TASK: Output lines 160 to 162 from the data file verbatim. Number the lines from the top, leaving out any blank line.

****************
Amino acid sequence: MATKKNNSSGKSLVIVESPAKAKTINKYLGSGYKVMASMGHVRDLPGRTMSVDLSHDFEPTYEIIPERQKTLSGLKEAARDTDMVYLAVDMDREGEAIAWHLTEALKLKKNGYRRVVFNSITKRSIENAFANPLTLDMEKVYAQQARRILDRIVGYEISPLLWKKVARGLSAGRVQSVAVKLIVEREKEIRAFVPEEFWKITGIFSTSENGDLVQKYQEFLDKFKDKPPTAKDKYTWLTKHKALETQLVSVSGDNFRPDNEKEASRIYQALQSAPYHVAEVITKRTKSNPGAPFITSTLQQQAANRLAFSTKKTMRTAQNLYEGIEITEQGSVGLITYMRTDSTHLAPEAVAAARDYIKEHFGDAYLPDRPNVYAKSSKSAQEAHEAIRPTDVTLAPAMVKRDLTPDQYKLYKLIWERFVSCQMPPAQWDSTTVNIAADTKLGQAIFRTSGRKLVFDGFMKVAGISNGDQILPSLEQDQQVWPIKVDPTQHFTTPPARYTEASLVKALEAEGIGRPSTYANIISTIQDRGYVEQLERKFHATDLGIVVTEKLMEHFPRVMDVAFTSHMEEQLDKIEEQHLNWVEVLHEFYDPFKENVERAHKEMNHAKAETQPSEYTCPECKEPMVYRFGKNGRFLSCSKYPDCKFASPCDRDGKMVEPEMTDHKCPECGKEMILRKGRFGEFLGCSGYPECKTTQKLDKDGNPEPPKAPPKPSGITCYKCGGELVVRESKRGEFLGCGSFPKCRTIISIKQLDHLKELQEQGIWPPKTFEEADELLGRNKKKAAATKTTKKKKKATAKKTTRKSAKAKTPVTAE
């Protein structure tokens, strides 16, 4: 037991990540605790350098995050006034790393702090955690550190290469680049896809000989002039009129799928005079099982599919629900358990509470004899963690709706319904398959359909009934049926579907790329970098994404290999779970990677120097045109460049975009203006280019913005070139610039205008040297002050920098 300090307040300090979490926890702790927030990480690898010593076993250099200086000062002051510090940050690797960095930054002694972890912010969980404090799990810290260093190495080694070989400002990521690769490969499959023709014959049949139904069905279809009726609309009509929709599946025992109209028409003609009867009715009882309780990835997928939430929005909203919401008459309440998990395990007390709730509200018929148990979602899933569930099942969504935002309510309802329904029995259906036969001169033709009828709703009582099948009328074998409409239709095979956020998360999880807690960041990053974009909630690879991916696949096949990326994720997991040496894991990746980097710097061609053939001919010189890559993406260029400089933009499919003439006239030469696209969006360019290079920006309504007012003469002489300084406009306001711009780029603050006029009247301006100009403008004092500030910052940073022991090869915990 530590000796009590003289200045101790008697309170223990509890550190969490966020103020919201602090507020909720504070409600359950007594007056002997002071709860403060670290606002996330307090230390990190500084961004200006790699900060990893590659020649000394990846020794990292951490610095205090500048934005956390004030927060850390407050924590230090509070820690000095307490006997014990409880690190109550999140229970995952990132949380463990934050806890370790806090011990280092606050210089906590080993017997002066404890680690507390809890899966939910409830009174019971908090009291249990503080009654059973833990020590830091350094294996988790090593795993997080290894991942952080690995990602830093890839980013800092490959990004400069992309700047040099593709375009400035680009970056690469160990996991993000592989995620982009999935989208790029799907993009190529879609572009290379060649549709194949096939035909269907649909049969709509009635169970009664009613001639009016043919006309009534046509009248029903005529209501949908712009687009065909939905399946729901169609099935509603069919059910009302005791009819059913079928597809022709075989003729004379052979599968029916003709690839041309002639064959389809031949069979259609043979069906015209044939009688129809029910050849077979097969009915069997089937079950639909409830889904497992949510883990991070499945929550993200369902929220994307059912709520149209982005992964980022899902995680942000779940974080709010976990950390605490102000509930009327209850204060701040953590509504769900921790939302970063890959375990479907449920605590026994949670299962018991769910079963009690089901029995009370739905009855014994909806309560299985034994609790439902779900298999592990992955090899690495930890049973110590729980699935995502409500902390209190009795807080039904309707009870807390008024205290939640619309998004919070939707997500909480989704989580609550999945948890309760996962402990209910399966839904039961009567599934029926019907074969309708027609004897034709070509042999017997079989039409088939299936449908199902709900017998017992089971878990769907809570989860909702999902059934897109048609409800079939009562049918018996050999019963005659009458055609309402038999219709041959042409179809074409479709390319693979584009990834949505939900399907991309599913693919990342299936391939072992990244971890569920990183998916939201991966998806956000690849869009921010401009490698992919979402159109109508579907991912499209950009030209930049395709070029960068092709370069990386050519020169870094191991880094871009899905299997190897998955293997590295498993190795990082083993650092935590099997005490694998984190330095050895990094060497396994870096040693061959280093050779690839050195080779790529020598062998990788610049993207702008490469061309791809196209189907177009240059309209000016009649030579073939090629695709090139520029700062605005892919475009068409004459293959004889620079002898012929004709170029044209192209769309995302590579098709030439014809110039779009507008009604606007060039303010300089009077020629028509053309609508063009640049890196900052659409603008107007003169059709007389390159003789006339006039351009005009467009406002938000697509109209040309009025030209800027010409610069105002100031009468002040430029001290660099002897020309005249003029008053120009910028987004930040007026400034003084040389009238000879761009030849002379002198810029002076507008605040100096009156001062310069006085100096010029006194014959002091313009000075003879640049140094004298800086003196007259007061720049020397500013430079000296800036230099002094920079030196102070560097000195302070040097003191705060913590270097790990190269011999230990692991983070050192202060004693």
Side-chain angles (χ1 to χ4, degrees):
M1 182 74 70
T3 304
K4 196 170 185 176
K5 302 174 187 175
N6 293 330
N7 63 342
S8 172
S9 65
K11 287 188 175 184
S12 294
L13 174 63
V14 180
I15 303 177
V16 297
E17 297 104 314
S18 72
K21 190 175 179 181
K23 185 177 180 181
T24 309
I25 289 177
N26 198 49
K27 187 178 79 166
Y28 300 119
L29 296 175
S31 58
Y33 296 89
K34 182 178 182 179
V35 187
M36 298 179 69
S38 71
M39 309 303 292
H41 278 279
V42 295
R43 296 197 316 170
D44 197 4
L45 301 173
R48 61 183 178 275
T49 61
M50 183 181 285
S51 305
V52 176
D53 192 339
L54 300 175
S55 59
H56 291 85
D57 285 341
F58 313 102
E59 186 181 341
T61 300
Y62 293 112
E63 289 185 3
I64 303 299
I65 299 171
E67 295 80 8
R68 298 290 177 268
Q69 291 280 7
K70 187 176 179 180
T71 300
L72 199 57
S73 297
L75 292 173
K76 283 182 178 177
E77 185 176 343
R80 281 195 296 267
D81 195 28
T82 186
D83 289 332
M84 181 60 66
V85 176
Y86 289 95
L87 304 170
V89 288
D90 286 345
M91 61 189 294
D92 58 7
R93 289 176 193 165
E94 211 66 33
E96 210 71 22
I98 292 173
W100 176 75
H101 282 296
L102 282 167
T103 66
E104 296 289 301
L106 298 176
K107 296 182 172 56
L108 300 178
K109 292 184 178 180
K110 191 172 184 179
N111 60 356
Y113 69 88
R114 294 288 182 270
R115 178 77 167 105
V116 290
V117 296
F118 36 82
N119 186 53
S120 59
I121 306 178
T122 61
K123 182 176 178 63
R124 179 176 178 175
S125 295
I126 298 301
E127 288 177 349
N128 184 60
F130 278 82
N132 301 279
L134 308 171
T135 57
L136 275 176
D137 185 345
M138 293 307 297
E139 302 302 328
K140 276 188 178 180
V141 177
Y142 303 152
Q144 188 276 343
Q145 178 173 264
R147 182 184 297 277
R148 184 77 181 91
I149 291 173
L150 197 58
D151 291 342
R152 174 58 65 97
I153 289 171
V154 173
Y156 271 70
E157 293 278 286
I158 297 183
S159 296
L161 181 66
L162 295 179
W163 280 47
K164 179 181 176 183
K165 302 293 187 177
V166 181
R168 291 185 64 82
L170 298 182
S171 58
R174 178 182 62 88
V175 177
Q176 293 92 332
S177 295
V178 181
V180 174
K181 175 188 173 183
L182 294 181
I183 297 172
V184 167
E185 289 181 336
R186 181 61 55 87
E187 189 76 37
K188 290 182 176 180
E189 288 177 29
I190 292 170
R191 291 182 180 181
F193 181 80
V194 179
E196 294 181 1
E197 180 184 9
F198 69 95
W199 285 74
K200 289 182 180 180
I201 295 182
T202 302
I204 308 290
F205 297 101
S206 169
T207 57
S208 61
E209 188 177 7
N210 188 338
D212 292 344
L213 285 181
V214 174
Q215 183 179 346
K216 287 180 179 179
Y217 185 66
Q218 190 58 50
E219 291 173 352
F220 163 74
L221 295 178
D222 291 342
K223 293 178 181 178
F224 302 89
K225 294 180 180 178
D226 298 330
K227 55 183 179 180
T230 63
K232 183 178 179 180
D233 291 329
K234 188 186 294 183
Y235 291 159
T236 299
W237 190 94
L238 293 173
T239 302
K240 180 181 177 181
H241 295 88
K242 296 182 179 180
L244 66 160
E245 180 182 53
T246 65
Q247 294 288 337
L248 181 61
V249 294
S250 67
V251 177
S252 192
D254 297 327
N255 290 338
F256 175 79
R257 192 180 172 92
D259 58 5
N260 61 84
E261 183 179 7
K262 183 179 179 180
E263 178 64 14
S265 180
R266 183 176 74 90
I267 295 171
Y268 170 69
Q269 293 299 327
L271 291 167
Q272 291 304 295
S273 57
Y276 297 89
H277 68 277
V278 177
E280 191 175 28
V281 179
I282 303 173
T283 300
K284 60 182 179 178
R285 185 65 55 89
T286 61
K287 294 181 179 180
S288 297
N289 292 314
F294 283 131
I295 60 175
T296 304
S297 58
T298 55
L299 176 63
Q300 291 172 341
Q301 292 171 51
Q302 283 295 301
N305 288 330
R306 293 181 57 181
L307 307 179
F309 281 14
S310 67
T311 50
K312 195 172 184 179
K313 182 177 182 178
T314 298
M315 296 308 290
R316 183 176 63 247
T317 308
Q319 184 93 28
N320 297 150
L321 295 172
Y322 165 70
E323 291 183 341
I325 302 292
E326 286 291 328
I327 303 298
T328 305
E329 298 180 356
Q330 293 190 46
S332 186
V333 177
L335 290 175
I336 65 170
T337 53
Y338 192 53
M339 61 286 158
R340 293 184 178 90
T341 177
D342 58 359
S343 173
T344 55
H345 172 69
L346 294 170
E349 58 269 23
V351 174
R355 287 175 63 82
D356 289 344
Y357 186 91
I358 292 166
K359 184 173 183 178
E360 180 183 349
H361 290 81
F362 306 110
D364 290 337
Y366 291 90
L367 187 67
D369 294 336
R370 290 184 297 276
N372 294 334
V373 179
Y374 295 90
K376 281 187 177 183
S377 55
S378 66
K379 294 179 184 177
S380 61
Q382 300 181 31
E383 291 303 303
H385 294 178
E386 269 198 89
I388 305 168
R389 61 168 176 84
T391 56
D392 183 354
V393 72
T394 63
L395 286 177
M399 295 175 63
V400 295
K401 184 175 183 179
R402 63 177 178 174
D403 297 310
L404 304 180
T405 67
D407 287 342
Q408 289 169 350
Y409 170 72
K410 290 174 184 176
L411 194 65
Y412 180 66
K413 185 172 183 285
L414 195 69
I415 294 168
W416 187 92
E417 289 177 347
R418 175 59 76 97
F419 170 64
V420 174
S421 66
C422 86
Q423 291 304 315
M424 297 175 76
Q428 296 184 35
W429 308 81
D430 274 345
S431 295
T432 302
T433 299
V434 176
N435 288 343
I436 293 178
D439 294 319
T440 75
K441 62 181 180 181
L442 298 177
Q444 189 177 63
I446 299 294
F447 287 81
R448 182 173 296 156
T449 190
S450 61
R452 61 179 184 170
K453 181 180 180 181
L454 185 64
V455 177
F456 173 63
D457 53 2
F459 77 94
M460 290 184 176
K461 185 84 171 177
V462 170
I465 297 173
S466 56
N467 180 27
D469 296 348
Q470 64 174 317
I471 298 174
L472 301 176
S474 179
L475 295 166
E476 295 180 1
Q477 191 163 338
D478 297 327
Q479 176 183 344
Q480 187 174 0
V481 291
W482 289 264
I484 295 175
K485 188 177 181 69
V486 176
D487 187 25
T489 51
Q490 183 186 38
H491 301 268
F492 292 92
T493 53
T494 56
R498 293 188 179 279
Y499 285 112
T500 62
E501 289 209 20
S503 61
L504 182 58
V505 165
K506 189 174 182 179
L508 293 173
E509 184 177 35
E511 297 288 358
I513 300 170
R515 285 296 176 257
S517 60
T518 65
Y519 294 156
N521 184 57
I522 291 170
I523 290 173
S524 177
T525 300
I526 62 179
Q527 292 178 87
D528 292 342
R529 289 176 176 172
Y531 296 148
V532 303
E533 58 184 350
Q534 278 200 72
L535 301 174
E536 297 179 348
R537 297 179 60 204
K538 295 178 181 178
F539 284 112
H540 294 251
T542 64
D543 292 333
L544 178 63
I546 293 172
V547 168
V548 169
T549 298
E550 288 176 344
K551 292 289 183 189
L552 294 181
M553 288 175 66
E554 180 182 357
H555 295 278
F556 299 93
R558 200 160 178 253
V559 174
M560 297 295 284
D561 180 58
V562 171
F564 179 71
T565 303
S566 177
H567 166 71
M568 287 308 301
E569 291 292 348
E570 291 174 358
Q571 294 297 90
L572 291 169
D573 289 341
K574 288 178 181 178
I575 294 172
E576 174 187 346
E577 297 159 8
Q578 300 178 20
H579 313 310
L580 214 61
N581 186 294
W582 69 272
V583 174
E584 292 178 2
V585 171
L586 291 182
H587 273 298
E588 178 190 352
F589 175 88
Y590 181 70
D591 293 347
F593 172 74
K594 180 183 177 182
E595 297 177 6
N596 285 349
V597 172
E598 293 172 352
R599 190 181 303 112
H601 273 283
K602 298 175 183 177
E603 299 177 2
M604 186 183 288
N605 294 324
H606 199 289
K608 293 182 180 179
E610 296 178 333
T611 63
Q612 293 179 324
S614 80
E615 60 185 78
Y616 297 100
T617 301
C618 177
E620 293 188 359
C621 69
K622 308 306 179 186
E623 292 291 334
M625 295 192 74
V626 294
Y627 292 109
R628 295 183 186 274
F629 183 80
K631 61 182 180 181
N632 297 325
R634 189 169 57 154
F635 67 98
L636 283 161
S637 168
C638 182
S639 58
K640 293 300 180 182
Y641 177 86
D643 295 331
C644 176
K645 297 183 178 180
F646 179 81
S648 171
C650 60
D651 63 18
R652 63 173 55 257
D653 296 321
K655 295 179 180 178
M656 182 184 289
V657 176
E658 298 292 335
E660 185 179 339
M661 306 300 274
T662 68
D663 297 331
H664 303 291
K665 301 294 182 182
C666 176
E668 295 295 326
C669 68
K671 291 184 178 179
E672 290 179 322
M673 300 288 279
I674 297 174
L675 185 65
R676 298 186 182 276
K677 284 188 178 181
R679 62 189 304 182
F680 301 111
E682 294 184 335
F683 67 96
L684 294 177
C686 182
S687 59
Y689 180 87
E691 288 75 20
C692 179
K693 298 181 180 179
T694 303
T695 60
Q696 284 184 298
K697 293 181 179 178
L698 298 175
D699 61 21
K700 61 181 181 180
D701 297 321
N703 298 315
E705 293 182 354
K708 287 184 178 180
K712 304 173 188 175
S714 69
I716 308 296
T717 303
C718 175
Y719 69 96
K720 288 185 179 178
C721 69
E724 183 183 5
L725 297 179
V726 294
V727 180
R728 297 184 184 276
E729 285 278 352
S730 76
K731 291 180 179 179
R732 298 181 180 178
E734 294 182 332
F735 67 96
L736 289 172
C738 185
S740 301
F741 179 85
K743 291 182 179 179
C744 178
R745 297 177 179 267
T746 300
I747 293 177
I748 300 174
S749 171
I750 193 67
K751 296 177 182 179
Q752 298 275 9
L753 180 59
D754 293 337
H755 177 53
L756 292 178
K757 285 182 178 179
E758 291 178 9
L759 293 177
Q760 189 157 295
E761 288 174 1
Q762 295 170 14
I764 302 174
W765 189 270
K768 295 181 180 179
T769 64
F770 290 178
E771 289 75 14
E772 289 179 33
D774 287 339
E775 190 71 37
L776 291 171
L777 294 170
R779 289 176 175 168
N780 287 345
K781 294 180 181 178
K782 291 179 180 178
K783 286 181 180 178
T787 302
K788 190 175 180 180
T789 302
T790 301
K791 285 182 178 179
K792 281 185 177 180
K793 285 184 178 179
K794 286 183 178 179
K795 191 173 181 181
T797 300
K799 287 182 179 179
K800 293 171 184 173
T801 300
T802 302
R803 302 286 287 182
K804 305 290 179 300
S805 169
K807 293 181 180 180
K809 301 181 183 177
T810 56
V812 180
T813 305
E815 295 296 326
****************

R191 291 182 180 181
F193 181 80
V194 179